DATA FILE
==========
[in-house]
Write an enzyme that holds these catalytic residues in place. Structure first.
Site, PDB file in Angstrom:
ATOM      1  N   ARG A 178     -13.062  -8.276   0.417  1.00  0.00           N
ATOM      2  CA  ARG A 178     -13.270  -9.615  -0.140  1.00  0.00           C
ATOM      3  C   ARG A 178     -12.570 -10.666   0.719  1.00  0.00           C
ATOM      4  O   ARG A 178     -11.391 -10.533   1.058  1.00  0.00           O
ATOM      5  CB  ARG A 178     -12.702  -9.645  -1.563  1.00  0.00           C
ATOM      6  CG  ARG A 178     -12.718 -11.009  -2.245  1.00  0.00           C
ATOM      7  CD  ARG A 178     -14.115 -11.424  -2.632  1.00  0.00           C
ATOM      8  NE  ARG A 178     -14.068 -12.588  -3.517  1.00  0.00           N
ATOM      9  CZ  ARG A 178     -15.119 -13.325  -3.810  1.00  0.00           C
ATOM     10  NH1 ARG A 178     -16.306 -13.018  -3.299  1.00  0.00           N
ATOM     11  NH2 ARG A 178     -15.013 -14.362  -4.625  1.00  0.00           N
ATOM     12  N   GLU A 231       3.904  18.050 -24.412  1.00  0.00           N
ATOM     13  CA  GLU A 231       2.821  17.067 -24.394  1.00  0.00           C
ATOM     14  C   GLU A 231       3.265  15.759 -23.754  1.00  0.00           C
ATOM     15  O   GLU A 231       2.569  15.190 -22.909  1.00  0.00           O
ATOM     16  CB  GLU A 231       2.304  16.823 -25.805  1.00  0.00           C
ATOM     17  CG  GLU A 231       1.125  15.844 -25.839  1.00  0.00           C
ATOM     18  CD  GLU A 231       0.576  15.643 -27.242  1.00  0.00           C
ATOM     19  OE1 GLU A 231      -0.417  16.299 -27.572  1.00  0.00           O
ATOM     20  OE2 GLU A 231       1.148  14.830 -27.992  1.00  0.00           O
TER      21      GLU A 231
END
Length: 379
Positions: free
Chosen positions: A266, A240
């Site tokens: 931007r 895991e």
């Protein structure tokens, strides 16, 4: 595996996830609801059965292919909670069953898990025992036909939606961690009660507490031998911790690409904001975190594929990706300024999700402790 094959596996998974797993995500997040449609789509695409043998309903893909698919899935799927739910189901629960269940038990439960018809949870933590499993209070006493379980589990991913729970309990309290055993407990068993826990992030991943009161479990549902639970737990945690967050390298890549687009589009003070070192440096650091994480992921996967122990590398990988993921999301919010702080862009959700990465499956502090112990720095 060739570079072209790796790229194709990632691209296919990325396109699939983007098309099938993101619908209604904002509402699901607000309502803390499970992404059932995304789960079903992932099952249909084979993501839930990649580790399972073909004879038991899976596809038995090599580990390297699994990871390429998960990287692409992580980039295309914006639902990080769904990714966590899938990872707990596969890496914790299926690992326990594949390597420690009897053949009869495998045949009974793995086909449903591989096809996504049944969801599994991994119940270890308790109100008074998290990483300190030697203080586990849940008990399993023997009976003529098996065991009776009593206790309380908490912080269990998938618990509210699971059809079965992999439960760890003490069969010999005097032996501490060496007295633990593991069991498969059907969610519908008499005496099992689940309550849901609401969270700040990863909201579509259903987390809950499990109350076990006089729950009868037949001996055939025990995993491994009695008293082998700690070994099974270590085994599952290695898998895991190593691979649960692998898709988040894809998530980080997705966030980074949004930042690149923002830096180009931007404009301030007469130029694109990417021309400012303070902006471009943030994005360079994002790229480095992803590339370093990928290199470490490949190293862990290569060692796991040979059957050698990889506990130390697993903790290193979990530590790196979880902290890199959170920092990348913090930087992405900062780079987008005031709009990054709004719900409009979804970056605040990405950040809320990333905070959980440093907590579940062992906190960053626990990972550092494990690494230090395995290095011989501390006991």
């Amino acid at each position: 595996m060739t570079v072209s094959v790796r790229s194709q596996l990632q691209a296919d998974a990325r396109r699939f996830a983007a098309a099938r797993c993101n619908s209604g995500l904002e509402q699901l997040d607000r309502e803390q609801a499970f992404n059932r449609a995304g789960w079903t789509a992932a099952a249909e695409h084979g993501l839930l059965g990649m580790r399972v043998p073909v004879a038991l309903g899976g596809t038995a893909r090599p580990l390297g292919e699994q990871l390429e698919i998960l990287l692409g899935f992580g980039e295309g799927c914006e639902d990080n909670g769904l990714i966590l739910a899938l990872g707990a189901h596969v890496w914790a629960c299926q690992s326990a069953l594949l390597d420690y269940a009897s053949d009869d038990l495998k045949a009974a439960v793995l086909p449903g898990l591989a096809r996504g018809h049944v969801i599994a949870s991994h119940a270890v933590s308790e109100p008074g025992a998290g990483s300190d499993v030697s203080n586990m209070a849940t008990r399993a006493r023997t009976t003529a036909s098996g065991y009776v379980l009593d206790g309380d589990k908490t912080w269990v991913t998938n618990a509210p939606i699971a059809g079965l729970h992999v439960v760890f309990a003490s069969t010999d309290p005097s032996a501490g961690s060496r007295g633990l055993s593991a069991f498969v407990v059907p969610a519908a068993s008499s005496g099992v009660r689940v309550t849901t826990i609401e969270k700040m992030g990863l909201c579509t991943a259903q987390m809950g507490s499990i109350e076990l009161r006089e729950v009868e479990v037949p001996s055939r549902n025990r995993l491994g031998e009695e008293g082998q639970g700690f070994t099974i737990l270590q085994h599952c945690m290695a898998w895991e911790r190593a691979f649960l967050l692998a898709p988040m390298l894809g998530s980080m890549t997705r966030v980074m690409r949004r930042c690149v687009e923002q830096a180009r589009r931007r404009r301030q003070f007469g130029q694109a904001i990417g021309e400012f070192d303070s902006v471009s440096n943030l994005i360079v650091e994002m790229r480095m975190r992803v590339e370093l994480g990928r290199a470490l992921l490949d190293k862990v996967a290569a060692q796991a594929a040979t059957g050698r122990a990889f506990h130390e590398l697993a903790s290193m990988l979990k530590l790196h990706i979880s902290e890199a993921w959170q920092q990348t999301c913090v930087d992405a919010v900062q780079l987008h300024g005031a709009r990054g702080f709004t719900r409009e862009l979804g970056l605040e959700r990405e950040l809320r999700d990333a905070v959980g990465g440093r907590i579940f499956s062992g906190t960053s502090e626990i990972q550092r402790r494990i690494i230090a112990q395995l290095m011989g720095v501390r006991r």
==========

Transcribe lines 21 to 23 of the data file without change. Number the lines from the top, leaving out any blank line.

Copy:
ATOM     18  CD  GLU A 231       0.576  15.643 -27.242  1.00  0.00           C
ATOM     19  OE1 GLU A 231      -0.417  16.299 -27.572  1.00  0.00           O
ATOM     20  OE2 GLU A 231       1.148  14.830 -27.992  1.00  0.00           O